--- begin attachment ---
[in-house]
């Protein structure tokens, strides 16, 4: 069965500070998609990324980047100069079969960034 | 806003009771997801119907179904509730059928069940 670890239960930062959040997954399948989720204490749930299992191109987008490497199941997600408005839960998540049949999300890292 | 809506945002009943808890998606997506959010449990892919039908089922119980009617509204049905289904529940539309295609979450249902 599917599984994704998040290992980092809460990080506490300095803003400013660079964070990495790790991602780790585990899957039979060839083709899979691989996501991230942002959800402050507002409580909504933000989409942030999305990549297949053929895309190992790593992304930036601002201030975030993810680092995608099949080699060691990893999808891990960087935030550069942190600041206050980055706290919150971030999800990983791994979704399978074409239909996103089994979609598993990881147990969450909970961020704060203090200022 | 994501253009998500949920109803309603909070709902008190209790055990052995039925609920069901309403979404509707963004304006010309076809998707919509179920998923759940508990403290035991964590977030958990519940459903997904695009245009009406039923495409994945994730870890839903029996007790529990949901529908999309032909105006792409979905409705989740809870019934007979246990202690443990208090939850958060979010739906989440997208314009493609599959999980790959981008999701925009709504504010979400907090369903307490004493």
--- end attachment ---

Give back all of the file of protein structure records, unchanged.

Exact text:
[in-house]
């Protein structure tokens, strides 16, 4: 069965500070998609990324980047100069079969960034 | 806003009771997801119907179904509730059928069940 670890239960930062959040997954399948989720204490749930299992191109987008490497199941997600408005839960998540049949999300890292 | 809506945002009943808890998606997506959010449990892919039908089922119980009617509204049905289904529940539309295609979450249902 599917599984994704998040290992980092809460990080506490300095803003400013660079964070990495790790991602780790585990899957039979060839083709899979691989996501991230942002959800402050507002409580909504933000989409942030999305990549297949053929895309190992790593992304930036601002201030975030993810680092995608099949080699060691990893999808891990960087935030550069942190600041206050980055706290919150971030999800990983791994979704399978074409239909996103089994979609598993990881147990969450909970961020704060203090200022 | 994501253009998500949920109803309603909070709902008190209790055990052995039925609920069901309403979404509707963004304006010309076809998707919509179920998923759940508990403290035991964590977030958990519940459903997904695009245009009406039923495409994945994730870890839903029996007790529990949901529908999309032909105006792409979905409705989740809870019934007979246990202690443990208090939850958060979010739906989440997208314009493609599959999980790959981008999701925009709504504010979400907090369903307490004493």